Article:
Courtesy of Springheel Jack
I’m away on a long weekend and my internet access is limited, so I drew the charts for this weekend’s write-up shortly after the open on Friday, just before Bernanke’s speech at Jackson Hole. It was already clear what the key chart of the day was going to be however — the DX (US Dollar Futures) chart:
(Click on charts to enlarge)
There is an impressive bullish setup in multiple timeframes on the US Dollar. (See my April post on the Dollar here.) The principal threat to the bullish scenario is another big round of quantitative easing, as quantitative easing is essentially “money printing,” and money printing is currency devaluation, and dollar devaluation is by definition bearish for the US Dollar.
The 5 year chart above shows that the US Dollar trends well. When a trend reversal is confirmed by the break of the main rising support or declining resistance trendline (for the previous trend), the Dollar has followed through on that trendline break with a sustained move in the direction of the break. The sustained move has lasted at least several months.
So it was high technical drama with DX testing the key rising support trendline from the 2011 lows as Ben Bernanke began his speech at Jackson Hole. Had he announced another big round of quantitative easing, the DX would have broken support, the US Dollar uptrend would have been killed, and several more months of US Dollar weakness would have probably ensued.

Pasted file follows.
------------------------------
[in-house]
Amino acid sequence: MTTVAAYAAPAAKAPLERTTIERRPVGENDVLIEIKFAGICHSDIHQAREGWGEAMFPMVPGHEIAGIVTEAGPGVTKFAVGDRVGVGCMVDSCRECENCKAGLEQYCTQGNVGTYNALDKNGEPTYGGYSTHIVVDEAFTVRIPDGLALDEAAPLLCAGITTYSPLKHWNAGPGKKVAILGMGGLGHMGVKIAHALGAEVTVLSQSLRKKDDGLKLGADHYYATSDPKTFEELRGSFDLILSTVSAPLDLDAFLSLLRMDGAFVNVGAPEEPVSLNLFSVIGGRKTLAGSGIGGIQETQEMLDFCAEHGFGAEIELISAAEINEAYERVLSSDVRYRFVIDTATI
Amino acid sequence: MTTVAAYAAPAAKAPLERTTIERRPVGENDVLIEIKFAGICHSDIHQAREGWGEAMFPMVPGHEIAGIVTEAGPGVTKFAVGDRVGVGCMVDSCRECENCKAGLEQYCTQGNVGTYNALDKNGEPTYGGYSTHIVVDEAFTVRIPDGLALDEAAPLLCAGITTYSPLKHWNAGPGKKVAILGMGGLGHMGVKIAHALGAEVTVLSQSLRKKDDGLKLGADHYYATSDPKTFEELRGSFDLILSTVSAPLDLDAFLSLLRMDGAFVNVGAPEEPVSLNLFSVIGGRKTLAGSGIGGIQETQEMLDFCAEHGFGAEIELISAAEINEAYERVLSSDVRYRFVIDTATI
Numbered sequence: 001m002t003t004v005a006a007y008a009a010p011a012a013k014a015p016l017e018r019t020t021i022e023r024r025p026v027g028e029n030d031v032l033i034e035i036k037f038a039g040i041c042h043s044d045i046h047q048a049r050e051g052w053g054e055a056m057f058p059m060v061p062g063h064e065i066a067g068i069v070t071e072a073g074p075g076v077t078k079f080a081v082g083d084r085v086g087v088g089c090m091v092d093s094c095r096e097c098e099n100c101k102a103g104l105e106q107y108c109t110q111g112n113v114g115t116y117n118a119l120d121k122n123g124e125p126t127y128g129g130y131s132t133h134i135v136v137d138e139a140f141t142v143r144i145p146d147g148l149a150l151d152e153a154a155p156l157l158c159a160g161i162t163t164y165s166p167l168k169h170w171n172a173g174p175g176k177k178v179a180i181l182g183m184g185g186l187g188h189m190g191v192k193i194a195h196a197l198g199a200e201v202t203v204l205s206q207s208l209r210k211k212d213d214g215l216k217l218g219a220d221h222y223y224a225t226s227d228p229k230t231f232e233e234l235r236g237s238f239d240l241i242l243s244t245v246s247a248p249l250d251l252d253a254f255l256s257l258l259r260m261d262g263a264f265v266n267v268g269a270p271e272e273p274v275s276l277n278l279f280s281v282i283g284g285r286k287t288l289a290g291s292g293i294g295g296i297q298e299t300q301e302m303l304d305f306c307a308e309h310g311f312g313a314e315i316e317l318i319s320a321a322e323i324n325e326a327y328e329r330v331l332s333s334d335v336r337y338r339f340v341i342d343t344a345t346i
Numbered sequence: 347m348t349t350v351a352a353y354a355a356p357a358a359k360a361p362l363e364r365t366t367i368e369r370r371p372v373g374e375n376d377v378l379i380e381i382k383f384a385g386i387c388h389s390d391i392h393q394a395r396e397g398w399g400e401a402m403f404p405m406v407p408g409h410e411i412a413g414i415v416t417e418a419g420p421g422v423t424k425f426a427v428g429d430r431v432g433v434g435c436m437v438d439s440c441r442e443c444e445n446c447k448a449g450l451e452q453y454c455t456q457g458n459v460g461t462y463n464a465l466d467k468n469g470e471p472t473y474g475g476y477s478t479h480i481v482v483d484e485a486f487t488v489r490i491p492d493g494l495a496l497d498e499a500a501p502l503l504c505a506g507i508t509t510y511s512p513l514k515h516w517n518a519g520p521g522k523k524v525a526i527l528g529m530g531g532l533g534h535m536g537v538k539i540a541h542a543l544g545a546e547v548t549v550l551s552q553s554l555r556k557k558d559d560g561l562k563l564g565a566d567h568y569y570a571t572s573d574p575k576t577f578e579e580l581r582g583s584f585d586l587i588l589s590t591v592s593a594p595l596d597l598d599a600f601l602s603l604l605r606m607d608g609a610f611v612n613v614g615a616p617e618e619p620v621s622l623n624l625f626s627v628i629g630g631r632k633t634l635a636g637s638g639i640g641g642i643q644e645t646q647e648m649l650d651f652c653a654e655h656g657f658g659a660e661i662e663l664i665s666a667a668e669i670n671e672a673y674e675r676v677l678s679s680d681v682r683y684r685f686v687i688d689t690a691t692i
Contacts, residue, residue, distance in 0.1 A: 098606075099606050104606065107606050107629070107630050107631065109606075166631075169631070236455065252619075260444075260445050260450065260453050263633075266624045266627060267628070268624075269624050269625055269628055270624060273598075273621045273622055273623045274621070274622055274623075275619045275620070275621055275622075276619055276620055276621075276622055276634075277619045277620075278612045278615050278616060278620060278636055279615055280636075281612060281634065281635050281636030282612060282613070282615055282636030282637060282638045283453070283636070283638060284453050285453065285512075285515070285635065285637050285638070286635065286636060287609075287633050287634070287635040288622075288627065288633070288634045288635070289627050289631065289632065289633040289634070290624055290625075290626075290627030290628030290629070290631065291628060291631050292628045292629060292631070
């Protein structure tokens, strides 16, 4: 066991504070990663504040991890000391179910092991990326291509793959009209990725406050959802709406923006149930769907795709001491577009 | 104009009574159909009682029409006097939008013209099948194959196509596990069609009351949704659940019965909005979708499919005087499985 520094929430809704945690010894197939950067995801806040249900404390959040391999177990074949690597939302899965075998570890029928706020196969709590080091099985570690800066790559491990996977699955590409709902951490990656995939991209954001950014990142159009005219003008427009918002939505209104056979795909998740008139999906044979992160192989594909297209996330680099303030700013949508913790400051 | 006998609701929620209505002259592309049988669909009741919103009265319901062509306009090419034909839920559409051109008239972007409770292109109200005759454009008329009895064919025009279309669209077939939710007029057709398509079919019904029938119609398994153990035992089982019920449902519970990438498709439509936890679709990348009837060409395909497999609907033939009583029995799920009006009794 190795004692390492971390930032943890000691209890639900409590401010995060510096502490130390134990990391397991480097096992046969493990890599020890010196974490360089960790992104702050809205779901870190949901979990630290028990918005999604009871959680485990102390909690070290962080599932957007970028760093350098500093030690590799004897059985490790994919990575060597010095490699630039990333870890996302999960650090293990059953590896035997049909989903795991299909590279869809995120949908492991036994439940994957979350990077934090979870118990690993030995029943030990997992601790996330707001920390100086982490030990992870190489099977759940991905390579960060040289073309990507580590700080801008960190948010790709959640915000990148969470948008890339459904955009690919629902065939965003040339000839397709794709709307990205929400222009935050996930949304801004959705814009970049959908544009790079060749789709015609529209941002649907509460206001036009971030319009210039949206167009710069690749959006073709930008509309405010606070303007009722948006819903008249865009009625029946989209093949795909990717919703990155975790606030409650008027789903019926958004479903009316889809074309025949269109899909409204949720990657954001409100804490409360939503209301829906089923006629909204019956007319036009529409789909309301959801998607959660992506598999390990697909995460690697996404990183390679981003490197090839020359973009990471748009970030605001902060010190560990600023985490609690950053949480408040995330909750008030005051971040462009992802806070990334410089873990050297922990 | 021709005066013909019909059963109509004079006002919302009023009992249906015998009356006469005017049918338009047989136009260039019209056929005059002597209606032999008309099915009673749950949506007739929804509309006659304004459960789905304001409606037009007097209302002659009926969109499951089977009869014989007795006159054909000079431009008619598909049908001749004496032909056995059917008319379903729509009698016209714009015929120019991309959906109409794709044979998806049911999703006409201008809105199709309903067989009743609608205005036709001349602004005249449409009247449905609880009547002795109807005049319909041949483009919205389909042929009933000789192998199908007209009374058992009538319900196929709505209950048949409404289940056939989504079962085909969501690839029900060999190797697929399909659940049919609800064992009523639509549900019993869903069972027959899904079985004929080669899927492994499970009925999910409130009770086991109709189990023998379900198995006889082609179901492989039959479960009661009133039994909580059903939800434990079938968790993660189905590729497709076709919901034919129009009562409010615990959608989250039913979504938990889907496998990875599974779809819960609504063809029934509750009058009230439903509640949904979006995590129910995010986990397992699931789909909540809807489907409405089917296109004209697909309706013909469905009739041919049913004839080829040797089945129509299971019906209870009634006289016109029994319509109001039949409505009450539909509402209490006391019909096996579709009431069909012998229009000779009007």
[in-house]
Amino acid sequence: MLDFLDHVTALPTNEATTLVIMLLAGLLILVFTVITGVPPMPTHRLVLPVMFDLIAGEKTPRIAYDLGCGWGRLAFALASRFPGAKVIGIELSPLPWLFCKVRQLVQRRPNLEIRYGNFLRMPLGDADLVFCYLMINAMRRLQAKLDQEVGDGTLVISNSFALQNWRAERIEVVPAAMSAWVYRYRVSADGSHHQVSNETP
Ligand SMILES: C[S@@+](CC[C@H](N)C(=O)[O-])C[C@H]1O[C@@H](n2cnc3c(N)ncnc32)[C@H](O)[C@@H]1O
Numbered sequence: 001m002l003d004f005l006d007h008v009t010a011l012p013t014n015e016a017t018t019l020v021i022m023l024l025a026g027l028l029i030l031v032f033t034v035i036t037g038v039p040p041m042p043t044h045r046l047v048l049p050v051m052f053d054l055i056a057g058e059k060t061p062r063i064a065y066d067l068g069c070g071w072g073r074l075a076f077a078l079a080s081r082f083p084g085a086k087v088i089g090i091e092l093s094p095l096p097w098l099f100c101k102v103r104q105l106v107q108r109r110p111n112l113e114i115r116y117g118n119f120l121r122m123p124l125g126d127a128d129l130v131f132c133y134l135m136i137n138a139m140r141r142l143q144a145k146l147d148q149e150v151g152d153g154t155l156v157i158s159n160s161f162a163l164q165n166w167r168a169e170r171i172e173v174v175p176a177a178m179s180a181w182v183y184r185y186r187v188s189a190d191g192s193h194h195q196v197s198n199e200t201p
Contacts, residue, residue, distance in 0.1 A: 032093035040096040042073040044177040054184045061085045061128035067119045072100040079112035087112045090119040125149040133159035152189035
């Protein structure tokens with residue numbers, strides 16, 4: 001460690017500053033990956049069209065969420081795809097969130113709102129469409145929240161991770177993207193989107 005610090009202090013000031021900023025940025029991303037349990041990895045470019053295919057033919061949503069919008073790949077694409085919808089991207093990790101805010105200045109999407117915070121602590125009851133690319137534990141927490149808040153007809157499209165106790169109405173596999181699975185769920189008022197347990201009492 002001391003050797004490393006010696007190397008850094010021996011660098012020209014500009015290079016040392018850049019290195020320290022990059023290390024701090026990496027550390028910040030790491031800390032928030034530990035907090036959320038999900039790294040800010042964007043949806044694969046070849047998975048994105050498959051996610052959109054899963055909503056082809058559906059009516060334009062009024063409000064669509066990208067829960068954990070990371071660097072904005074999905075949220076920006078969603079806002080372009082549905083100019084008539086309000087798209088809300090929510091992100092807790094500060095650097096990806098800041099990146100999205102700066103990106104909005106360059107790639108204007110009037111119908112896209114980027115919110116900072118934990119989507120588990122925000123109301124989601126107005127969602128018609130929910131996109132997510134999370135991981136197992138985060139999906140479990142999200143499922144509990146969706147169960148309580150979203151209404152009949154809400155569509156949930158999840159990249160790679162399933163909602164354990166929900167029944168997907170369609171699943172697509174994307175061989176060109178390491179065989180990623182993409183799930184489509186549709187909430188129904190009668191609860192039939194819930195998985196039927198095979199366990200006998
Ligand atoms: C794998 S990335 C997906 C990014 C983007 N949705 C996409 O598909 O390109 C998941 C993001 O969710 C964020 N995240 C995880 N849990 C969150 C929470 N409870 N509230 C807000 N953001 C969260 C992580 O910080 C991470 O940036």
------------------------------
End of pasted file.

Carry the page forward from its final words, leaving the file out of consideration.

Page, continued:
A US Dollar uptrend can be reversed by the Fed, and the fundament perspective is reflected in the technicals. On Friday, Bernanke didn’t announced anything of substance, and DX bounced and closed above support, saving the current uptrend. A new high for 2012 will add confidence to the Dollar’s move higher.
The second chart is the Nasdaq equivalent of the SPX ‘Age of Irrational Exuberance’ chart which I discussed in last week’s newsletter Feeding the Beast: Aug. 26, p. 6. As for the SPX chart, there are strongly bullish and strongly bearish interpretations for the Nasdaq chart:
The bullish interpretation is that the Nasdaq 100 (NDX) broke over channel resistance in early 2012. It reversed at the 50% fibonacci retracement of the decline from the Tech bubble high to the 2002, retesting that broken resistance at the 2012 summer low. It is now powering up towards towards new highs.
The bearish interpretation of the chart is that NDX is forming a perfect double or M top, with the ideal high between that 50% fibonacci retracement at 2805 and the major resistance level at the summer 2000 low at 2897. If NDX breaks above 2900, this chart will look decisively bullish. If NDX reverses between 2800 and 2900 and then breaks the summer lows, the chart will be bearish.
That’s like saying if the NDX continues up, it will be bullish; and if it turns down, it will be bearish. Not rocket science, but the numbers give sign-posts to watch for.
Looking at copper, EEM, the Dow Theory divergence between the Dow and Transports indexes, and the currently intact uptrend in the Dollar, I’m still leaning towards a bearish outcome.